When I was studying for my masters, I had to read a lot of literary theory. I instinctively recognised this for the soul-sucking intellectual scam that it actually was. Thereafter, whenever I was faced with some variation or mutation of ‘theory’ I would just mutter ‘French plot’ and smile, ignore it and move on.
Theory is what comes after practice.
Writers write, then theorists talk about it. Inventors invent, then theorists talk about it. People live, and then theorists talk about it.
Theory is talk, nothing more. It doesn’t create. It’s dry, barren; it is the opposite of experience. Literary theory in particular is parasitical, eventually it destroys the host. It survives by flattering the host, but it only survives if you believe in it, if you invest in it. Like the Emperor’s new clothes, you have to want to believe. You have to want to believe that the knowledge you have gained from the theory makes you special, identifies you as superior. And of course it doesn’t.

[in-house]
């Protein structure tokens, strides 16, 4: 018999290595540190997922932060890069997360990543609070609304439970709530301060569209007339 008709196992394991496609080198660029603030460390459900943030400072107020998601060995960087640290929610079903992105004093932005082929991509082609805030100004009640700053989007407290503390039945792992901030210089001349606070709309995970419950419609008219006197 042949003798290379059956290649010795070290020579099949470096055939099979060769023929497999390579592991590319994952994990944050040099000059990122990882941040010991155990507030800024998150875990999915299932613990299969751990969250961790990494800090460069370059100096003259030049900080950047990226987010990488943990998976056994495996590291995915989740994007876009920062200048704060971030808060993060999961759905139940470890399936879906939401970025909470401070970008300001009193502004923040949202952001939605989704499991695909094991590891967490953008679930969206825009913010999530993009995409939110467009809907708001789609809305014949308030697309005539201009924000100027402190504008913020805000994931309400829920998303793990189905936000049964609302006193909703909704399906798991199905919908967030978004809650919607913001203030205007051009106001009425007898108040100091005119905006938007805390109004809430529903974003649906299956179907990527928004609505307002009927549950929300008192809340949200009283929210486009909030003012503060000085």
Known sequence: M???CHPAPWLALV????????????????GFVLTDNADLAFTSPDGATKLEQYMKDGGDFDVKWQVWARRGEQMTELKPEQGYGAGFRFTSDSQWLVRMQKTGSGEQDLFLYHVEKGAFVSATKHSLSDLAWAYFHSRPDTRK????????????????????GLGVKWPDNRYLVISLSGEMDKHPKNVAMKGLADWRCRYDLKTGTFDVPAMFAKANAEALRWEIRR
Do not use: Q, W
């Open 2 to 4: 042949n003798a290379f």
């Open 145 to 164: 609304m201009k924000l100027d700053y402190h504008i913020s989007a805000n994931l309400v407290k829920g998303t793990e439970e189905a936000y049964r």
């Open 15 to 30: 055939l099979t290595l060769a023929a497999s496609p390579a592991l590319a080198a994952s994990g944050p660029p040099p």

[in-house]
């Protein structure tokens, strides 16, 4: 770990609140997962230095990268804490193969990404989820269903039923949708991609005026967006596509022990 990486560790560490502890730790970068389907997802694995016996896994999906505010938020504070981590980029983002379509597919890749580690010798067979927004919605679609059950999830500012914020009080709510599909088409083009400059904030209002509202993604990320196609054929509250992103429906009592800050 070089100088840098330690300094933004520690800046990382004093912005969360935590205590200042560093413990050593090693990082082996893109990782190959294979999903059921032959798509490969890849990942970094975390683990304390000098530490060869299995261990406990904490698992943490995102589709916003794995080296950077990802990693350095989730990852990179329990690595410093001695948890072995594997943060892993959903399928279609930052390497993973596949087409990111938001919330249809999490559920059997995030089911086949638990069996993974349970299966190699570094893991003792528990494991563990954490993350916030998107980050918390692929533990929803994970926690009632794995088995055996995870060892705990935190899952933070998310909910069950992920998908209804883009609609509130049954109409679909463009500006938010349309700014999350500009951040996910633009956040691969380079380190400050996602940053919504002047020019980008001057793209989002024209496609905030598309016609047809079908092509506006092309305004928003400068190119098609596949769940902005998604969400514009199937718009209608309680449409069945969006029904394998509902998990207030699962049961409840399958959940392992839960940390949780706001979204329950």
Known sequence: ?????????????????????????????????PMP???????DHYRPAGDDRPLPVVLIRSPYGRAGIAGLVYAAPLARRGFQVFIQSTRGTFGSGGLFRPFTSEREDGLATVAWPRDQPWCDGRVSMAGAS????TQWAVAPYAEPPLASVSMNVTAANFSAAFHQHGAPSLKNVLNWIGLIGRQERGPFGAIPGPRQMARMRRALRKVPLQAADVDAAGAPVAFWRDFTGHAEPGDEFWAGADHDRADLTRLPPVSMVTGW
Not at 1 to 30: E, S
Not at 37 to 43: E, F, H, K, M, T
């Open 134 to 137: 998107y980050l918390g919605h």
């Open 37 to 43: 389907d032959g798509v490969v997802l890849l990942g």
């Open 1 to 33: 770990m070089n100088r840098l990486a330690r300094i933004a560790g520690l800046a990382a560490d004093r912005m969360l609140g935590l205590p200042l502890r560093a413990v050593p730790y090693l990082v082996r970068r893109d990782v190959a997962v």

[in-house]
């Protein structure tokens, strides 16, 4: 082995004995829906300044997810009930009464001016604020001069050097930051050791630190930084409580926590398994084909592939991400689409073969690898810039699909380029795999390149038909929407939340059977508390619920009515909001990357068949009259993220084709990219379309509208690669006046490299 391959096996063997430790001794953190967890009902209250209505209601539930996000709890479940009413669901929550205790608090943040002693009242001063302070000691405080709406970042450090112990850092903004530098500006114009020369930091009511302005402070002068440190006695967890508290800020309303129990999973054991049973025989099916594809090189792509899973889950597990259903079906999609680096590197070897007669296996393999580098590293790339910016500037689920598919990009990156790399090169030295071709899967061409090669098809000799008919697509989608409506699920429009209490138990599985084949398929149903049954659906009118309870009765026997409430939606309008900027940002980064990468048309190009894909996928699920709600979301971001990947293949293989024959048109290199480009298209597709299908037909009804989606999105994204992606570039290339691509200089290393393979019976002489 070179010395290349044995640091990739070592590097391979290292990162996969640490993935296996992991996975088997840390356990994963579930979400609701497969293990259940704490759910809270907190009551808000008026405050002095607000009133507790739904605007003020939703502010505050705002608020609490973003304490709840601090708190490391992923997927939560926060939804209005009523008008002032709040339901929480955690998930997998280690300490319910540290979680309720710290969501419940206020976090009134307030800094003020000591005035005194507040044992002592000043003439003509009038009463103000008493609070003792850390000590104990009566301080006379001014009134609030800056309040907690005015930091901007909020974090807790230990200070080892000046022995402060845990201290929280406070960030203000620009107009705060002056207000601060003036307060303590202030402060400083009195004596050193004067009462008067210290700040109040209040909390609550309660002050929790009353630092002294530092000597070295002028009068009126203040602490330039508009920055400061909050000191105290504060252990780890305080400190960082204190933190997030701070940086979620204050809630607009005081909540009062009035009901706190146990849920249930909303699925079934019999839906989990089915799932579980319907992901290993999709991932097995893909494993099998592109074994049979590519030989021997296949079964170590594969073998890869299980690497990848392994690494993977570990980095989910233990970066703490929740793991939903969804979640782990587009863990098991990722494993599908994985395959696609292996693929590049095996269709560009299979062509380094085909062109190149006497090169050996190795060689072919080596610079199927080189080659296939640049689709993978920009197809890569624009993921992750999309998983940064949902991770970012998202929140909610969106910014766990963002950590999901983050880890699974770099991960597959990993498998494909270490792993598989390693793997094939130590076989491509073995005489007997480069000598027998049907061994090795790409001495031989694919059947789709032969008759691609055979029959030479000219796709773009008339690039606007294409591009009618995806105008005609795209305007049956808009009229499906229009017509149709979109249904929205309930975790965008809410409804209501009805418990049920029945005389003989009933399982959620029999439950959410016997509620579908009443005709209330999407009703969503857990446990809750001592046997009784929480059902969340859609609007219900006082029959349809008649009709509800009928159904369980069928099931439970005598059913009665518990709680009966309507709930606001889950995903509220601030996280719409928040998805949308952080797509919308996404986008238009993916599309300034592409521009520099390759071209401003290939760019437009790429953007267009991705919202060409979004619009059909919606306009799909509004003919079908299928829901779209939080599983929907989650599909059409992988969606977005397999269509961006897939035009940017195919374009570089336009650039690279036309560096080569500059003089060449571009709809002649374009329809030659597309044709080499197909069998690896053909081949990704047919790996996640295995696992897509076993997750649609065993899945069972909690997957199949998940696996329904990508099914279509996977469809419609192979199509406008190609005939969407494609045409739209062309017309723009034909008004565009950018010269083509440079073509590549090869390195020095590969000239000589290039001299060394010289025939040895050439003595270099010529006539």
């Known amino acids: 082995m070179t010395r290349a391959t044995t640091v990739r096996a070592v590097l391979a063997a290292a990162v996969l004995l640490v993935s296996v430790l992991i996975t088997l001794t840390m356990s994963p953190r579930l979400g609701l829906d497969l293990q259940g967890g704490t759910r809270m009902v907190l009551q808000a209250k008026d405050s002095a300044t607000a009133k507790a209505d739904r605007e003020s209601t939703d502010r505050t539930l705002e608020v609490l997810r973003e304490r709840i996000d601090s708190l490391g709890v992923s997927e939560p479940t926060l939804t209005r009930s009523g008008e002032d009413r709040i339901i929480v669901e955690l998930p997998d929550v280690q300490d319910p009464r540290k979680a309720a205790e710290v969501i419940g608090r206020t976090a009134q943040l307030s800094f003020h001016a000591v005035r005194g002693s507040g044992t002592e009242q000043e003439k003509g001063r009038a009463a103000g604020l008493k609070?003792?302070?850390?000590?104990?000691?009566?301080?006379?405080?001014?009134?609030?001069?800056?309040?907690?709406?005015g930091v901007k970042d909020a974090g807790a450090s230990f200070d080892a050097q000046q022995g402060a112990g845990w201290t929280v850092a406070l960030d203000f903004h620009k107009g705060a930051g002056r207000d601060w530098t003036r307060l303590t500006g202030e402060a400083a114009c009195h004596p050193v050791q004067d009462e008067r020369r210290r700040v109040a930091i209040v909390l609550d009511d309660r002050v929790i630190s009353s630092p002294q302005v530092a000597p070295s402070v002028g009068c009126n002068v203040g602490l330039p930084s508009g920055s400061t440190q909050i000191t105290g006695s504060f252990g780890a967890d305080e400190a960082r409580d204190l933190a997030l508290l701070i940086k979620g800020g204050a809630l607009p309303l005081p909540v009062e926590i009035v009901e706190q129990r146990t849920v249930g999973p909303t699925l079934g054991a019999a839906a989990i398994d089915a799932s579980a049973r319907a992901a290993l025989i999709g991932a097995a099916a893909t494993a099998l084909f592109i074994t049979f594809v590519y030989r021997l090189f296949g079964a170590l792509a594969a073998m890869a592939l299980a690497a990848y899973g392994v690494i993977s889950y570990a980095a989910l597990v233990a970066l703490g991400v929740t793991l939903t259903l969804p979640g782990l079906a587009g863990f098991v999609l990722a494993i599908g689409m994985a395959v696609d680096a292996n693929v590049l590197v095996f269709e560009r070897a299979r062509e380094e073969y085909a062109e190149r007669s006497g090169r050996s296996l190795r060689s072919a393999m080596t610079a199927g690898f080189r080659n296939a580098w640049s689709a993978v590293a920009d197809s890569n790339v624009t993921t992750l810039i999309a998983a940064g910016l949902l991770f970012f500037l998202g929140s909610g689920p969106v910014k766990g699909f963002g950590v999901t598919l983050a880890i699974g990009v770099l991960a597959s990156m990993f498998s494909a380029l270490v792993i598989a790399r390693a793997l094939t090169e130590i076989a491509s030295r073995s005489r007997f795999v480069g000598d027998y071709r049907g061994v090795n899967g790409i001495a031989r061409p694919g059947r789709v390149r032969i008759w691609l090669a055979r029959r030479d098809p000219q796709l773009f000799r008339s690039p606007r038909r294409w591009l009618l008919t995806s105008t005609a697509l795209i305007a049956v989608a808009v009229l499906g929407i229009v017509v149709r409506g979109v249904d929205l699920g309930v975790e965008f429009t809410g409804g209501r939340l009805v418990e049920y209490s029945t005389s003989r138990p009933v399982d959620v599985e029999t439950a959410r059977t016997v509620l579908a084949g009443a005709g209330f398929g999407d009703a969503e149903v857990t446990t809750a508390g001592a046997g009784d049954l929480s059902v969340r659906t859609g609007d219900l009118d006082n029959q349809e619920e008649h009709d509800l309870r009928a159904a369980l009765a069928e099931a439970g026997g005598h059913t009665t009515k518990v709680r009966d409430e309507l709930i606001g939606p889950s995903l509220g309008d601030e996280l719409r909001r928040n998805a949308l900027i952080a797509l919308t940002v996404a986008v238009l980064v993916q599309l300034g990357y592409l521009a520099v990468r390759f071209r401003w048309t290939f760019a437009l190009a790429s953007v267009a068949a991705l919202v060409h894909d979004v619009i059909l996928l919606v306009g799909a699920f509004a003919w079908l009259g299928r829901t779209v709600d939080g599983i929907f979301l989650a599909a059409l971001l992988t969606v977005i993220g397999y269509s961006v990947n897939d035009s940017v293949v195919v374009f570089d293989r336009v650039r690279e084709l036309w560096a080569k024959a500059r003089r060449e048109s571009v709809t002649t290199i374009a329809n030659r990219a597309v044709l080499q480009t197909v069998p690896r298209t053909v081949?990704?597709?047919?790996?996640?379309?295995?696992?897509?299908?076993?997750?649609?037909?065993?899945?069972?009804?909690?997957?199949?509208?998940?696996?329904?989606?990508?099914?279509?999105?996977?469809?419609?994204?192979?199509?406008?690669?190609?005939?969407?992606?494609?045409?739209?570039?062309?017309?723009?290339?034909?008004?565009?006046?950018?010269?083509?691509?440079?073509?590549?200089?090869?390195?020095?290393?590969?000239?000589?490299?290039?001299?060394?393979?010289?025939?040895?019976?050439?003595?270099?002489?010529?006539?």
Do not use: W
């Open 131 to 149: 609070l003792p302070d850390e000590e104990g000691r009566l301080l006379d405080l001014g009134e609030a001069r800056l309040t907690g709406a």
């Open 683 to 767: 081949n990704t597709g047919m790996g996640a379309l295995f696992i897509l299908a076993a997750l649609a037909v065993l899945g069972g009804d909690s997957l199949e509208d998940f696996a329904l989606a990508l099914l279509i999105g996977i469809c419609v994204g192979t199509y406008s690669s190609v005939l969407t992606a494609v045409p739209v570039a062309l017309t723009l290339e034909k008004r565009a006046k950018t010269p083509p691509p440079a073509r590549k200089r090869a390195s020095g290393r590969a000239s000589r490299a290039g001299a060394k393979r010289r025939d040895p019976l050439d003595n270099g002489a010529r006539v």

Literary theory is a narcissistic entity that seeks only to increase its own value and significance.
And, without exception, the only way to deal with narcissists is to walk away.